Since my last report, there has been additional progress at the U.N. Compensation Commission in preparing for the processing of claims from individuals, corporations, other entities, and governments who suffered direct loss or damage as a result of Iraq's unlawful invasion and occupation of Kuwait. The Governing Council of the Commission held its fifth session in Geneva from March 16 to 20, 1992, and has scheduled meetings in June, September, November, and December. At its March session, the Council reviewed draft rules of procedure for the processing of claims, approving all but one part, which it expects to approve at its next session. The Council also reviewed the forms for individual claims above $100,000 and for corporate claims; discussed the "embargo loss" issue and claims by members of the allied coalition forces; and instructed the Secretariat to continue its work on locating blocked Iraqi oil deposits and to study extension of the deadline for filing environmental or public health claims. The Executive Secretary reported that shortages of financing continued to delay important activities. Meanwhile, the Department of State continues to collect and review U.S. individuals' claims for amounts under $100,000 in preparation for filing with the U.N. Compensation Commission by July 1 for expedited processing.

In accordance with paragraph 20 of Resolution 687, the Sanctions Committee continues to receive notice of shipments of foodstuffs to Iraq. From January to April 22, 1992, 2.22 million metric tons of foodstuffs were notified. The Sanctions Committee also continues to consider and, when appropriate, approve requests to send to Iraq materials and supplies for essential civilian needs. Iraq to date has refused, however, to utilize the opportunity under Resolutions 706 and 712 to sell $1.6 billion in oil, most of the proceeds from which could be used by Iraq to purchase foodstuffs, medicines, materials, and supplies for essential civilian needs of its civilian population. The Iraqi authorities bear full responsibility for any suffering in Iraq that results from their refusal to implement Resolutions 706 and 712.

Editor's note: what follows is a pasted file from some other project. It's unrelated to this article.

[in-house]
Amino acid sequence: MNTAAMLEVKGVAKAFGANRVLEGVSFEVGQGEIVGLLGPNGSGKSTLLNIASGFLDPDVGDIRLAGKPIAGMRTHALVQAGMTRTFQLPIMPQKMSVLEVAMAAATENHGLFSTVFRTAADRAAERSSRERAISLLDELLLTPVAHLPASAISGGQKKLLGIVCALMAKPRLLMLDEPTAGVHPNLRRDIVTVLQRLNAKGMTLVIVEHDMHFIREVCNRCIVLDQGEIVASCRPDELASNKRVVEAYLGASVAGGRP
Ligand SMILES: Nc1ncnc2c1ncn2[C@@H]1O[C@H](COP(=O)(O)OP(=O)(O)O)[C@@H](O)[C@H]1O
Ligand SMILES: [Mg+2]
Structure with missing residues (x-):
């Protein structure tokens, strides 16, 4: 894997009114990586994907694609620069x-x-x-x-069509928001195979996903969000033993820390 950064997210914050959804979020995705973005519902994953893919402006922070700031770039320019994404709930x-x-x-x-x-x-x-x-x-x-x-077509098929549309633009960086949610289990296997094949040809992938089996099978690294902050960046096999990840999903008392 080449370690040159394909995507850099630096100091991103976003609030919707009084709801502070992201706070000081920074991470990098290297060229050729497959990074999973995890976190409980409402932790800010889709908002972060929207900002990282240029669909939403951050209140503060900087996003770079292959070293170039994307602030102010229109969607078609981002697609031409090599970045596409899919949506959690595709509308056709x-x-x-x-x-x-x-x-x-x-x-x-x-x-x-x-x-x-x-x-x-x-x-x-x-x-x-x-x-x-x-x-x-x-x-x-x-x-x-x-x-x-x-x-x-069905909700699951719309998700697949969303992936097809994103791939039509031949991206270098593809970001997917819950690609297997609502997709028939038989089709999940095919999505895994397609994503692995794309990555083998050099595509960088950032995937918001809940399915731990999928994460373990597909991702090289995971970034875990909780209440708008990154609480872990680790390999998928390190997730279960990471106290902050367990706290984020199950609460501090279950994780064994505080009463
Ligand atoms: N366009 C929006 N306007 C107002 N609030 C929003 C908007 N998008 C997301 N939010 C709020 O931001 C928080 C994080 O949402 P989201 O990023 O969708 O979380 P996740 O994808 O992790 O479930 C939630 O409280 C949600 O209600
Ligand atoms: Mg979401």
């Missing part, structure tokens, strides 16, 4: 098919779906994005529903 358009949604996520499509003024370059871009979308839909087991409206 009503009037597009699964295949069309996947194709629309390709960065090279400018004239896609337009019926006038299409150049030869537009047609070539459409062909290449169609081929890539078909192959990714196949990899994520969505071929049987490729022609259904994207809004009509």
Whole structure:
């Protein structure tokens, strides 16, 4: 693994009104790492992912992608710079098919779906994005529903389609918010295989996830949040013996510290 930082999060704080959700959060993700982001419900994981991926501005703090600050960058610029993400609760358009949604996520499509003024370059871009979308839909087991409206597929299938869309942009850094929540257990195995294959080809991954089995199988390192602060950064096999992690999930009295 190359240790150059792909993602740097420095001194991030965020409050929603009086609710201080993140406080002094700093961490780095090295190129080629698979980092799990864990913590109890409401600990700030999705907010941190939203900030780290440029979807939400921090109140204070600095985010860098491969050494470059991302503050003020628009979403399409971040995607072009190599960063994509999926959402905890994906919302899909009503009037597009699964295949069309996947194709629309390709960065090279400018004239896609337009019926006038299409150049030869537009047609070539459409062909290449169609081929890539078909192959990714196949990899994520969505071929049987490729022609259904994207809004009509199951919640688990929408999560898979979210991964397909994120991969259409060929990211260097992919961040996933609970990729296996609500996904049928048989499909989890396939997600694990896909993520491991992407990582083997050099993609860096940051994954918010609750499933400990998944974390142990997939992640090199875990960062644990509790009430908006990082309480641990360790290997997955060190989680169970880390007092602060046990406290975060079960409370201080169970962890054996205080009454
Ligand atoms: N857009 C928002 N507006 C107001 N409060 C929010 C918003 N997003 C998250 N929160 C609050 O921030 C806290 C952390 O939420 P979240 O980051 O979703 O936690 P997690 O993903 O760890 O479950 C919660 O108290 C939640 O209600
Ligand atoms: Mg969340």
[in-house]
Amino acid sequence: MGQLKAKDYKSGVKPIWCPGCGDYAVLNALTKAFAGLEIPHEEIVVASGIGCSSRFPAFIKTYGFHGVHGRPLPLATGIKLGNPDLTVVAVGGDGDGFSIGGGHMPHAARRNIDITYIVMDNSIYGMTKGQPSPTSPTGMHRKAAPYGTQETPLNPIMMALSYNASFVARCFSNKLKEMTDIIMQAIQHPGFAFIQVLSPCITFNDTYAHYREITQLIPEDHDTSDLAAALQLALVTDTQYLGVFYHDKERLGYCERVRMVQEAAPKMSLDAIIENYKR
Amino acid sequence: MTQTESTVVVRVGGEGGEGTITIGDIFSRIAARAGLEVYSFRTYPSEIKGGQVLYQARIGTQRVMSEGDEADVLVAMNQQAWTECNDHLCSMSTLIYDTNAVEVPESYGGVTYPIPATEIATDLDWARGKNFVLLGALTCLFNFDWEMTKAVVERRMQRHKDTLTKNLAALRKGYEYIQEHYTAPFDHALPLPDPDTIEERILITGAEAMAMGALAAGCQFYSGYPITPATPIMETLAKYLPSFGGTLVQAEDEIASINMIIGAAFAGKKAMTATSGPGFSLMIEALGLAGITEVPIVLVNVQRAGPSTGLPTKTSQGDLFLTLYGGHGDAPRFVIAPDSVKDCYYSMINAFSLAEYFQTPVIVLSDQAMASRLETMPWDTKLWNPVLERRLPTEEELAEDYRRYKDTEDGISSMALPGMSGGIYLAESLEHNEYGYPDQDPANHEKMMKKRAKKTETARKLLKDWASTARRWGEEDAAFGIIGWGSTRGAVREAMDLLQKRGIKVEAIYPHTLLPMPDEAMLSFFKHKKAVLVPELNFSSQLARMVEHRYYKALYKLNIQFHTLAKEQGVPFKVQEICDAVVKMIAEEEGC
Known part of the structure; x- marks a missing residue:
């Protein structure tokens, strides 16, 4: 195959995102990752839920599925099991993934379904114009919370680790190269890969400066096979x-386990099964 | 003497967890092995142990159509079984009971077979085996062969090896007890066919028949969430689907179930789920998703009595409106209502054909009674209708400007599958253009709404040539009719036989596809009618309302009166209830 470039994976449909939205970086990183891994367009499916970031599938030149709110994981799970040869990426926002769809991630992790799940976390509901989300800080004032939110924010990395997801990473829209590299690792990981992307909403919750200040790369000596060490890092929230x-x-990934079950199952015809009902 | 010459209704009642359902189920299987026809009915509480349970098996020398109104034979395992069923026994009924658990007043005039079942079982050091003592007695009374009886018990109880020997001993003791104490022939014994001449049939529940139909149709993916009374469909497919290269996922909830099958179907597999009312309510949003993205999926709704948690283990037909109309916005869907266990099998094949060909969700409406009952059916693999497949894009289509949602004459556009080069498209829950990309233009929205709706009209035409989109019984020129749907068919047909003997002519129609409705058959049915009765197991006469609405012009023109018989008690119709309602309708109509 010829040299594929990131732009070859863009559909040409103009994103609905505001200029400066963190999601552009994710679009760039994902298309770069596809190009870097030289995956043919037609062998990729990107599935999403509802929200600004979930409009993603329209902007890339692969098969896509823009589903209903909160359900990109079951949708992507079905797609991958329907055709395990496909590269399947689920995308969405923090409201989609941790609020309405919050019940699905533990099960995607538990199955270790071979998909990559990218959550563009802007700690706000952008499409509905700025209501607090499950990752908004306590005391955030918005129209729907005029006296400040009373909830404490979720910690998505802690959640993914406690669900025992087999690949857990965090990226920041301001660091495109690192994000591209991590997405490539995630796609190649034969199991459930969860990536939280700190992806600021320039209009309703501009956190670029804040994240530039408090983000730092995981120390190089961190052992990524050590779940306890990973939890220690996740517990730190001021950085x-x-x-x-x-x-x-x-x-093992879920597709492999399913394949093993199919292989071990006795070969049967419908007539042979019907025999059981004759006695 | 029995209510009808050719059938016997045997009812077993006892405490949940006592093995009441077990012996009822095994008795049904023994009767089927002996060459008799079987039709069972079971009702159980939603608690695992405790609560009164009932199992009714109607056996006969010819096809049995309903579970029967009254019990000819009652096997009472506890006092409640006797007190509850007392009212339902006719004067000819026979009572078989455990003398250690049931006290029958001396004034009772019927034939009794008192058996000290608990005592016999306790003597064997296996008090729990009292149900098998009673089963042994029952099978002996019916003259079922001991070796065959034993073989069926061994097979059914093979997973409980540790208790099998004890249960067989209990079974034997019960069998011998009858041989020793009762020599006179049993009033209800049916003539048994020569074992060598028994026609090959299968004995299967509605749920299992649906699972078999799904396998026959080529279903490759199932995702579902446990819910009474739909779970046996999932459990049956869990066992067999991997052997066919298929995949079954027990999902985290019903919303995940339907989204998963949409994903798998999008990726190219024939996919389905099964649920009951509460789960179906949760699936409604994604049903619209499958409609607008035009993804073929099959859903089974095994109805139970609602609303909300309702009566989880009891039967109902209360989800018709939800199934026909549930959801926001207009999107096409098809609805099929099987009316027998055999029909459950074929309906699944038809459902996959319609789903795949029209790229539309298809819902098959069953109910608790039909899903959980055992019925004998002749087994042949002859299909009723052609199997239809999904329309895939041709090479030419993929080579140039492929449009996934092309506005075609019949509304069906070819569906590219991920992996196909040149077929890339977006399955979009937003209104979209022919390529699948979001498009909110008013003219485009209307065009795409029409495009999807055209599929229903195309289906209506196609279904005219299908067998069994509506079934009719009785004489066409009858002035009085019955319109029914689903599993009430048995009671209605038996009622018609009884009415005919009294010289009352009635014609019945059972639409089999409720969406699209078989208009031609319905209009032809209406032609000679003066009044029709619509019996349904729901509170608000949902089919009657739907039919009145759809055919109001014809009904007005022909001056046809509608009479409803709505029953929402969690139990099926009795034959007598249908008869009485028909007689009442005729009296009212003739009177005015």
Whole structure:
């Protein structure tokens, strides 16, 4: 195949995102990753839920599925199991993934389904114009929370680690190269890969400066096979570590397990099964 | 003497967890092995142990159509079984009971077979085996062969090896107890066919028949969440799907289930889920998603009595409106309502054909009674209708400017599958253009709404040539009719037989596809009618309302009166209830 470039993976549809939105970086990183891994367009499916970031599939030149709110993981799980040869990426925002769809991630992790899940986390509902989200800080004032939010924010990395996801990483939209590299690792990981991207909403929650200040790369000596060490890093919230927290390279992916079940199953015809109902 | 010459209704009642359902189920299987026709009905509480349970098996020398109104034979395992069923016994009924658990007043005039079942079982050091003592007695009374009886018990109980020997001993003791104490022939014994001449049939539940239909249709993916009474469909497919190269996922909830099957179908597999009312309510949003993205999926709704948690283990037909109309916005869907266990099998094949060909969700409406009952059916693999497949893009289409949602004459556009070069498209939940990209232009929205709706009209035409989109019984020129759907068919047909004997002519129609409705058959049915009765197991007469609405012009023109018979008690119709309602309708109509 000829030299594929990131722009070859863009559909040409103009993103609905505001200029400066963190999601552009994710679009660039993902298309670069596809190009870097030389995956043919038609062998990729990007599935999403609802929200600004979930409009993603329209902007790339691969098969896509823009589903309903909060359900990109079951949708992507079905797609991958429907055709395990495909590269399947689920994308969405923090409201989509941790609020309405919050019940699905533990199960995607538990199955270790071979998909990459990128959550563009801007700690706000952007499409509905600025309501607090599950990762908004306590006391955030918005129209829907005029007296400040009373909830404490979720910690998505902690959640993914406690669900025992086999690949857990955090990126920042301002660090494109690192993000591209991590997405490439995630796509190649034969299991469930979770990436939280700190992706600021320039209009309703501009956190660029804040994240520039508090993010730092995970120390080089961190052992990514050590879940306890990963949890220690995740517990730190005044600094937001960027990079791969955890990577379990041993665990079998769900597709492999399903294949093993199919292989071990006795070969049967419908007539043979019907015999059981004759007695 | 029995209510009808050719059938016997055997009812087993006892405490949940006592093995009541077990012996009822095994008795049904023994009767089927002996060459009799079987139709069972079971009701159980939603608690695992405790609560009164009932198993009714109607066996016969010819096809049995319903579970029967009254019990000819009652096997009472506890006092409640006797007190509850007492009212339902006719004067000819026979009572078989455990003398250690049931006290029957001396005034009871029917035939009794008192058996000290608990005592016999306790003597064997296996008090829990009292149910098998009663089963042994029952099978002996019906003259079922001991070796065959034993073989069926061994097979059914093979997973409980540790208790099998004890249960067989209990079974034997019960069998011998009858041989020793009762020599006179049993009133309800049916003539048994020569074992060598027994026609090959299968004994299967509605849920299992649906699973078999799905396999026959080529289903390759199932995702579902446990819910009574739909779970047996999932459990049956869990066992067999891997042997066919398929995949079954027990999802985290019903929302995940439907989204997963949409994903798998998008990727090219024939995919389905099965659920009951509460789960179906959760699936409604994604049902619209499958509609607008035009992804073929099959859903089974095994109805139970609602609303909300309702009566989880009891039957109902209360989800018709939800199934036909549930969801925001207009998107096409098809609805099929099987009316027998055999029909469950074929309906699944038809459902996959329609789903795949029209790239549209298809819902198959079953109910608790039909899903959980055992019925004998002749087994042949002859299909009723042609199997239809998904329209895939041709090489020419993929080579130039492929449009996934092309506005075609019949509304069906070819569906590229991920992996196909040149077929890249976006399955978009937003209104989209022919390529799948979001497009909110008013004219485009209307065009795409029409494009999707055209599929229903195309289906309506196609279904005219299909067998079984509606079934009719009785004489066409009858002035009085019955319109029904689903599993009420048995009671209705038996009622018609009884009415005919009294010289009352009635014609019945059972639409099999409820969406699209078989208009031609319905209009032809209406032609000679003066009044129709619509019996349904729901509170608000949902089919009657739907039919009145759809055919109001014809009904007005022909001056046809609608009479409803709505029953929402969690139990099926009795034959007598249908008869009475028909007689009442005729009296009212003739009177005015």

Through the International Committee of the Red Cross (ICRC), the United States, Kuwait, and our allies continue to press the Government of Iraq to comply with its obligations under Security Council resolutions to return all detained Kuwaiti and third-country nationals. Likewise, the United States and its allies continue to press the Government of Iraq to return to Kuwait all property and equipment removed from Kuwait by Iraq. Iraq continues to resist full cooperation on these issues and to resist unqualified ICRC access to detention facilities in Iraq.

Mindful of the finding of the U.N. Security Council in Resolution 688 that Iraq's repression of its civilian population threatens international peace and security in the region, in concert with our Coalition partners, we will continue to monitor carefully the treatment of Iraq's citizens, and together we remain prepared to take appropriate steps if the situation requires. To this end, we will continue to maintain an appropriate level of forces in the region for as long as required by the situation in Iraq.

I remain grateful for the support of the Congress for these efforts, and I look forward to continued cooperation toward achieving our mutual objectives.


George Bush

Note: Identical letters were sent to Thomas S. Foley, Speaker of the House of Representatives, and Robert C. Byrd, President pro tempore of the Senate.

George Bush, Letter to Congressional Leaders Reporting on Iraq's Compliance With United Nations Security Council Resolutions Online by Gerhard Peters and John T. Woolley, The American Presidency Project